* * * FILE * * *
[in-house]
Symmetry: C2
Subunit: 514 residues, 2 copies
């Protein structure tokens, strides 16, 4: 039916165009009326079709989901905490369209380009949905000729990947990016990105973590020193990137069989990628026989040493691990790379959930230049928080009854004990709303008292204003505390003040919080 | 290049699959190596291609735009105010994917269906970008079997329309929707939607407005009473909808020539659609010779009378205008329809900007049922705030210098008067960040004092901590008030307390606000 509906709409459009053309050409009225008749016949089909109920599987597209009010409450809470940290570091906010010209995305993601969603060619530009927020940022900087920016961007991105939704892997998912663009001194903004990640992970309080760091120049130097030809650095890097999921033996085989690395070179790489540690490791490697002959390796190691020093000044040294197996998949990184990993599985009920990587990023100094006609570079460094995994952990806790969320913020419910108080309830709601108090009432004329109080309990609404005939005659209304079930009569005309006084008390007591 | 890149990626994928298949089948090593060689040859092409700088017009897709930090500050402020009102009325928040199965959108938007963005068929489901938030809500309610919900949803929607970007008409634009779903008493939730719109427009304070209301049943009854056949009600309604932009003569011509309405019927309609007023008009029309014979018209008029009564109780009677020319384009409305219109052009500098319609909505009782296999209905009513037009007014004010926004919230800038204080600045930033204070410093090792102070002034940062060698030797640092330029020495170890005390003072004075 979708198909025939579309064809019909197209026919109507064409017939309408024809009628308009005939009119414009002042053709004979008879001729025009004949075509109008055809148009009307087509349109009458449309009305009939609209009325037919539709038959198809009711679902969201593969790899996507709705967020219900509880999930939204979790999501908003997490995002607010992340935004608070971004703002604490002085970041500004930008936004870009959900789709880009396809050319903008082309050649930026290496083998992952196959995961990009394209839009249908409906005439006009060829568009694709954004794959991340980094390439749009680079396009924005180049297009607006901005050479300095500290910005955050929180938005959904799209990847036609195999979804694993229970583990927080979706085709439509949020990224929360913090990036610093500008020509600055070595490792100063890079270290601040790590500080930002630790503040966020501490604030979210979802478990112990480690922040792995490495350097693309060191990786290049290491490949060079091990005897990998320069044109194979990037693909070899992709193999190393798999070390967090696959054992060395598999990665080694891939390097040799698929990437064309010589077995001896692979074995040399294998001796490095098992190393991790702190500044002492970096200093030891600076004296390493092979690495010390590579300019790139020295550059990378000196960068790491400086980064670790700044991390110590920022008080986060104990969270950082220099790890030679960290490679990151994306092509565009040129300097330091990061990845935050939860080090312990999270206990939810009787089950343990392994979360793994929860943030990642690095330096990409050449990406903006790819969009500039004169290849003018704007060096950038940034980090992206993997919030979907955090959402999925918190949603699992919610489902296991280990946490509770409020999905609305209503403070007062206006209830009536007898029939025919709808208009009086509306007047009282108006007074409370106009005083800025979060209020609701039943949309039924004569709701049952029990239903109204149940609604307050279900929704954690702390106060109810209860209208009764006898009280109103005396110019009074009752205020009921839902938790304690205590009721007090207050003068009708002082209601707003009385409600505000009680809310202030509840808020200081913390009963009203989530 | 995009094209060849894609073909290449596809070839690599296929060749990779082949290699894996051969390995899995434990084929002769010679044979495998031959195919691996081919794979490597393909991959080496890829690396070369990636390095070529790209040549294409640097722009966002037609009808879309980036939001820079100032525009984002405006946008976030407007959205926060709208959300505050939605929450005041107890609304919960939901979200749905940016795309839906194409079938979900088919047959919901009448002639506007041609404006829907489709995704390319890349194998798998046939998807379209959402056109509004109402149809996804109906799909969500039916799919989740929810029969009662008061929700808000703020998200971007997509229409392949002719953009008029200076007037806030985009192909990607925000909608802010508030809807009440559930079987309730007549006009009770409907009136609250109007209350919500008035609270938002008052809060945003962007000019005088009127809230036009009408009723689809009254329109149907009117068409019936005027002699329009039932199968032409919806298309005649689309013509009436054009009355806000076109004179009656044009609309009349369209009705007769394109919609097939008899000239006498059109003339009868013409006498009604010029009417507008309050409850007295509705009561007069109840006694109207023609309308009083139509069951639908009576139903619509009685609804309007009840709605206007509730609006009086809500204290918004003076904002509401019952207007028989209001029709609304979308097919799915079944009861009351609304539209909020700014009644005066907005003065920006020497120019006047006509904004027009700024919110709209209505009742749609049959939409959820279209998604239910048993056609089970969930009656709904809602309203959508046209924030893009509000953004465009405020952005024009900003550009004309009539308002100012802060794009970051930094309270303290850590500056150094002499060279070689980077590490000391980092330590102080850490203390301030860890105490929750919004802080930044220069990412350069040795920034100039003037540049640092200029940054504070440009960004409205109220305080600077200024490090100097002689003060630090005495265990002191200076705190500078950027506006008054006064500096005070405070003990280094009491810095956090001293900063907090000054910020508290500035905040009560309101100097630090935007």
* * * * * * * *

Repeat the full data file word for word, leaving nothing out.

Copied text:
[in-house]
Symmetry: C2
Subunit: 514 residues, 2 copies
């Protein structure tokens, strides 16, 4: 039916165009009326079709989901905490369209380009949905000729990947990016990105973590020193990137069989990628026989040493691990790379959930230049928080009854004990709303008292204003505390003040919080 | 290049699959190596291609735009105010994917269906970008079997329309929707939607407005009473909808020539659609010779009378205008329809900007049922705030210098008067960040004092901590008030307390606000 509906709409459009053309050409009225008749016949089909109920599987597209009010409450809470940290570091906010010209995305993601969603060619530009927020940022900087920016961007991105939704892997998912663009001194903004990640992970309080760091120049130097030809650095890097999921033996085989690395070179790489540690490791490697002959390796190691020093000044040294197996998949990184990993599985009920990587990023100094006609570079460094995994952990806790969320913020419910108080309830709601108090009432004329109080309990609404005939005659209304079930009569005309006084008390007591 | 890149990626994928298949089948090593060689040859092409700088017009897709930090500050402020009102009325928040199965959108938007963005068929489901938030809500309610919900949803929607970007008409634009779903008493939730719109427009304070209301049943009854056949009600309604932009003569011509309405019927309609007023008009029309014979018209008029009564109780009677020319384009409305219109052009500098319609909505009782296999209905009513037009007014004010926004919230800038204080600045930033204070410093090792102070002034940062060698030797640092330029020495170890005390003072004075 979708198909025939579309064809019909197209026919109507064409017939309408024809009628308009005939009119414009002042053709004979008879001729025009004949075509109008055809148009009307087509349109009458449309009305009939609209009325037919539709038959198809009711679902969201593969790899996507709705967020219900509880999930939204979790999501908003997490995002607010992340935004608070971004703002604490002085970041500004930008936004870009959900789709880009396809050319903008082309050649930026290496083998992952196959995961990009394209839009249908409906005439006009060829568009694709954004794959991340980094390439749009680079396009924005180049297009607006901005050479300095500290910005955050929180938005959904799209990847036609195999979804694993229970583990927080979706085709439509949020990224929360913090990036610093500008020509600055070595490792100063890079270290601040790590500080930002630790503040966020501490604030979210979802478990112990480690922040792995490495350097693309060191990786290049290491490949060079091990005897990998320069044109194979990037693909070899992709193999190393798999070390967090696959054992060395598999990665080694891939390097040799698929990437064309010589077995001896692979074995040399294998001796490095098992190393991790702190500044002492970096200093030891600076004296390493092979690495010390590579300019790139020295550059990378000196960068790491400086980064670790700044991390110590920022008080986060104990969270950082220099790890030679960290490679990151994306092509565009040129300097330091990061990845935050939860080090312990999270206990939810009787089950343990392994979360793994929860943030990642690095330096990409050449990406903006790819969009500039004169290849003018704007060096950038940034980090992206993997919030979907955090959402999925918190949603699992919610489902296991280990946490509770409020999905609305209503403070007062206006209830009536007898029939025919709808208009009086509306007047009282108006007074409370106009005083800025979060209020609701039943949309039924004569709701049952029990239903109204149940609604307050279900929704954690702390106060109810209860209208009764006898009280109103005396110019009074009752205020009921839902938790304690205590009721007090207050003068009708002082209601707003009385409600505000009680809310202030509840808020200081913390009963009203989530 | 995009094209060849894609073909290449596809070839690599296929060749990779082949290699894996051969390995899995434990084929002769010679044979495998031959195919691996081919794979490597393909991959080496890829690396070369990636390095070529790209040549294409640097722009966002037609009808879309980036939001820079100032525009984002405006946008976030407007959205926060709208959300505050939605929450005041107890609304919960939901979200749905940016795309839906194409079938979900088919047959919901009448002639506007041609404006829907489709995704390319890349194998798998046939998807379209959402056109509004109402149809996804109906799909969500039916799919989740929810029969009662008061929700808000703020998200971007997509229409392949002719953009008029200076007037806030985009192909990607925000909608802010508030809807009440559930079987309730007549006009009770409907009136609250109007209350919500008035609270938002008052809060945003962007000019005088009127809230036009009408009723689809009254329109149907009117068409019936005027002699329009039932199968032409919806298309005649689309013509009436054009009355806000076109004179009656044009609309009349369209009705007769394109919609097939008899000239006498059109003339009868013409006498009604010029009417507008309050409850007295509705009561007069109840006694109207023609309308009083139509069951639908009576139903619509009685609804309007009840709605206007509730609006009086809500204290918004003076904002509401019952207007028989209001029709609304979308097919799915079944009861009351609304539209909020700014009644005066907005003065920006020497120019006047006509904004027009700024919110709209209505009742749609049959939409959820279209998604239910048993056609089970969930009656709904809602309203959508046209924030893009509000953004465009405020952005024009900003550009004309009539308002100012802060794009970051930094309270303290850590500056150094002499060279070689980077590490000391980092330590102080850490203390301030860890105490929750919004802080930044220069990412350069040795920034100039003037540049640092200029940054504070440009960004409205109220305080600077200024490090100097002689003060630090005495265990002191200076705190500078950027506006008054006064500096005070405070003990280094009491810095956090001293900063907090000054910020508290500035905040009560309101100097630090935007």